“Blueberries in general did very, very well this year,”
said blueberry nurseryman and industry expert Dave Brazelton, owner
of Fall Creek Farm & Nursery in Lowell, Oregon. “Huge,
record crop in California, records in Oregon and Washington, record
in B.C.” He added that national numbers also look like a record.
Narrowing it down to Oregon, Brazelton said that growers in the
Beaver State received “record or near-record” returns
on their crops.
Asian Demand Exploding
said growing demand in Asia, mainly for frozen product (“that
demand seems to be exploding”), has helped drive up production
and prices, especially for West Coast producers.
From his nurseryman’s viewpoint, Brazelton said that while
there is still interest in new plantings, “it’s certainly
more moderated than it was five years ago, when it really peaked
in the Northwest. I think that’s a function of the overall
economy, the availability of credit, lots of factors.”
He added that unlike five years ago there are not a lot of “new
faces” entering the industry, with most of the growth coming
from existing growers “with a clear goals and plans.”
Himself surprised by the lack of elasticity, Brazelton said that
he would not have thought that sales would remain good as America
slumped into the recession. “Consumers have given up a lot
of things, but not their blueberries.”
But there is a dark cloud on the blueberry horizon, Brazelton said,
and that is the ultimate consequences for unfulfilled demand for
frozen product in 2011. “Frozen was really under-served this
year, even with the addition of significant frozen product from
Chilê, and that caused the (frozen) price to go very, very
There is serious concern about this because, as is the case with
hazelnuts when prices are high, food processors using blueberries
in their products will look for cheaper alternatives, such as frozen
strawberries. Food processors may also choose to use fewer blueberries
in their formulations.
“These high yet volatile prices may have been great for growers
this year, (but) it’s not great if we are trying to expand
consumption. It doesn’t send the right message and it’s
very difficult for new users to maneuver through that.”
As most in the industry know, it’s processed prices that greatly
influence what the floor prices will be for fresh product, Brazelton
said. “If fresh returns aren’t adequate, the risk is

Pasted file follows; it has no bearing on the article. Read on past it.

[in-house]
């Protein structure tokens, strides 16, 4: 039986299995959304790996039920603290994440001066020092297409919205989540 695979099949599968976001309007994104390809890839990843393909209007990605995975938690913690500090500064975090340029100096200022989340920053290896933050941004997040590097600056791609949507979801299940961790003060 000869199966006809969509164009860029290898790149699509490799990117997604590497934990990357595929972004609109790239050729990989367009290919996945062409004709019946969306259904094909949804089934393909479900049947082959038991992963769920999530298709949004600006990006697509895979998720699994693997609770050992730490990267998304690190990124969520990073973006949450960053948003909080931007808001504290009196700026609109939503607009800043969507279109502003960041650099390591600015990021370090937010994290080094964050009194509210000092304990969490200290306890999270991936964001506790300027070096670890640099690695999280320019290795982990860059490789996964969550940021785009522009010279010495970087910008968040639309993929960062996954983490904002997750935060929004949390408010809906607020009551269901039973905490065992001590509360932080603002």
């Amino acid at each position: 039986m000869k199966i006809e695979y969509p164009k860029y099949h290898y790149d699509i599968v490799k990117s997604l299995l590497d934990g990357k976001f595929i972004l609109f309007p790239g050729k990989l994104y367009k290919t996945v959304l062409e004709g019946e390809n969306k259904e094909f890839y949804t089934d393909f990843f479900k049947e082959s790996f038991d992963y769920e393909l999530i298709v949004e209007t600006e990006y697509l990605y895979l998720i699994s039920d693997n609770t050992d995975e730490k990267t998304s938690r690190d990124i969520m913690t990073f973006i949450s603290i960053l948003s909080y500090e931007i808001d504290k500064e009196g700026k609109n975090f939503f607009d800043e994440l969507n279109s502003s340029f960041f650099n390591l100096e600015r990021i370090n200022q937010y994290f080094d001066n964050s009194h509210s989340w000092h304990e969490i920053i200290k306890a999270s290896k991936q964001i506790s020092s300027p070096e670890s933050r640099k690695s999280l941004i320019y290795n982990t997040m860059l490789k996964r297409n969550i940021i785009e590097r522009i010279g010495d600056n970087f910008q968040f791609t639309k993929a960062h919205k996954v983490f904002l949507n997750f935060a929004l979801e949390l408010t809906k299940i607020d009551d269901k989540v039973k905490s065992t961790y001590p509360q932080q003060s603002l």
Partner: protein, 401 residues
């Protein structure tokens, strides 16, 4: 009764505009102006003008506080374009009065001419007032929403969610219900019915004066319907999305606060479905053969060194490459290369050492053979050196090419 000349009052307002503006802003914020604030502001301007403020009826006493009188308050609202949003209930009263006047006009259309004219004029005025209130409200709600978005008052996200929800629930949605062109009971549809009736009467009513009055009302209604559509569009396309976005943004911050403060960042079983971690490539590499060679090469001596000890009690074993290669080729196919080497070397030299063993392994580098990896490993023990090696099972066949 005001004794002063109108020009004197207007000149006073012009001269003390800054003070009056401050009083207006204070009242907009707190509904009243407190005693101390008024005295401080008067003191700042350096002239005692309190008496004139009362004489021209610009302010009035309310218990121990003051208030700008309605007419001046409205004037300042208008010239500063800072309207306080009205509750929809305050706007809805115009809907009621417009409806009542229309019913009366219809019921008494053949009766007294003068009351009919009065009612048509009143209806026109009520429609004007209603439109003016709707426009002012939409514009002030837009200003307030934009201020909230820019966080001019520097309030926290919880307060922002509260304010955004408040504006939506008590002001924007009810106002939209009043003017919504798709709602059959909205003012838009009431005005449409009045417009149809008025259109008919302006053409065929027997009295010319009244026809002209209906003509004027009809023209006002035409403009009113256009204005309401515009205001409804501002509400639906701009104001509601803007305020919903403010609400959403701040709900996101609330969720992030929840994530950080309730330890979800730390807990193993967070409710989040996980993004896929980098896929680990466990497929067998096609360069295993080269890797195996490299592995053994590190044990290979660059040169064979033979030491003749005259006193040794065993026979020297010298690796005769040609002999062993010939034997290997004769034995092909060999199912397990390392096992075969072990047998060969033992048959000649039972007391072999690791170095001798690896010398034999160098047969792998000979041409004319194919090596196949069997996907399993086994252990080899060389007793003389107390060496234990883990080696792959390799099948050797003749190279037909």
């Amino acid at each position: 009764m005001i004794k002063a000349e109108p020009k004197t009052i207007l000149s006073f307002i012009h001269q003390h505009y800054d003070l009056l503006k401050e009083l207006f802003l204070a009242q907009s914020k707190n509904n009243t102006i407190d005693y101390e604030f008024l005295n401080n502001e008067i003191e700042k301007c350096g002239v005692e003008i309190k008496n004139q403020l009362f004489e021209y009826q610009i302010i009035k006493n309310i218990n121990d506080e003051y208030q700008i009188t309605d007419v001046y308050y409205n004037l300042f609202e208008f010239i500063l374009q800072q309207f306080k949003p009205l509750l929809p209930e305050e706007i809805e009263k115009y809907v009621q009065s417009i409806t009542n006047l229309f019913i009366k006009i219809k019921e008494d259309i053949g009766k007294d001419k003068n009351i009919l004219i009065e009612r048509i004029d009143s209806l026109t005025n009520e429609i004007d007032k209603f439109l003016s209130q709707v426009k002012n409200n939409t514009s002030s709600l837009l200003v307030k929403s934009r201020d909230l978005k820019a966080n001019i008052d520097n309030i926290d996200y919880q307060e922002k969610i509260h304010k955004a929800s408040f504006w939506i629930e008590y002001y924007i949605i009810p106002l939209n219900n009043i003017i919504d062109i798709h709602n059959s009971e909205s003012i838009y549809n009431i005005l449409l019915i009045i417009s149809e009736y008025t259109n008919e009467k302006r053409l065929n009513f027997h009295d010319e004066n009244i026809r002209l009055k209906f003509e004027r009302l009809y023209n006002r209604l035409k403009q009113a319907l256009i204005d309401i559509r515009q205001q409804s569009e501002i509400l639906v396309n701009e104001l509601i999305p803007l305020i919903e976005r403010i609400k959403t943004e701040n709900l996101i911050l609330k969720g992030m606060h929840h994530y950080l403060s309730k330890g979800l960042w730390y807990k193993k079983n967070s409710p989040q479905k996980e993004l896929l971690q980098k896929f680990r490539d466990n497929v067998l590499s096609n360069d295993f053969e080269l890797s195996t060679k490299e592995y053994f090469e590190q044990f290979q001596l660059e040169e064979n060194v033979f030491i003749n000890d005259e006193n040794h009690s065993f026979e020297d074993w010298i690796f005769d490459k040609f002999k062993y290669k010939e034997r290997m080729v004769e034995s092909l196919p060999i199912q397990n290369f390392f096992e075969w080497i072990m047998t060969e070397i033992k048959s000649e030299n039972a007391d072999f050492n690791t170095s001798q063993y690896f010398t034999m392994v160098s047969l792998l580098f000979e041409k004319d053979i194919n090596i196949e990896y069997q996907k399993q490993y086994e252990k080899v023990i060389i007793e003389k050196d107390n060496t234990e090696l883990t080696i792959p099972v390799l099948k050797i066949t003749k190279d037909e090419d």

higher in fresh so they change from fresh to process.” This
is more of an issue in peak-season, he added.
What can growers expect next year?
“On the one hand, with a large Chilêan crop and very
high prices depressing demand, that would indicate lower processed
prices next year,” Brazelton said. The flip side of that,
he added, is demand from Asia, which may not depress prices at all.
Personally, Brazelton thinks prices will drop “slightly”
Brazelton said that there has been a lot of interest in the newer
mid-season variety Draper. “It has performed really, really
well. The berries are very firm. It can be machine harvested and
they’re very high producing. Growers are finding they’re
as good as Duke (an early variety) if not better.”
Two other Michigan State-bred varieties, Aurora (late maturing)
and Liberty, “fill time slots that growers really want.”
“Could Have Been Better”
Packer/shipper Jeff Malensky of Oregon Berry Packing Company said
that 2011 could have been even better had it not been a late season
due to weaker pollinations in Oregon, Washington and British Columbia,
as was the case with other Willamette Valley crops.
“We were two and a half weeks later than normal. For the 12
years I’ve been here, two-and-half weeks late, that’s
never happened.” Subsequently, early market sales in July,
which bring higher prices, were not there.
“We still have a very active fresh market,” said Malensky.
“These new markets like Korea, we need them because production
continues to go up. The amount of acres put in the ground the last
five years are not even close to maturity.”
Malensky said that because frozen market demand has been strong
and prices high, “we fresh guys (in Oregon) had to really
be competitive and put out a high price.”
Message from the Chairman
In-State Promotions Keep the Spotlight on Oregon Blueberries
to Discuss Assessment Hike
Korea Gets Fresh with Oregon
Answer to Fruit Safety Concerns
Wing Drosophila Update
Production Research at the NWREC Highlights
Dropped from Pristine and Cabrio Labels
Blueberry Day at the Ag Show, January 24, 2012
Offers Financial Assistance for Energy Audits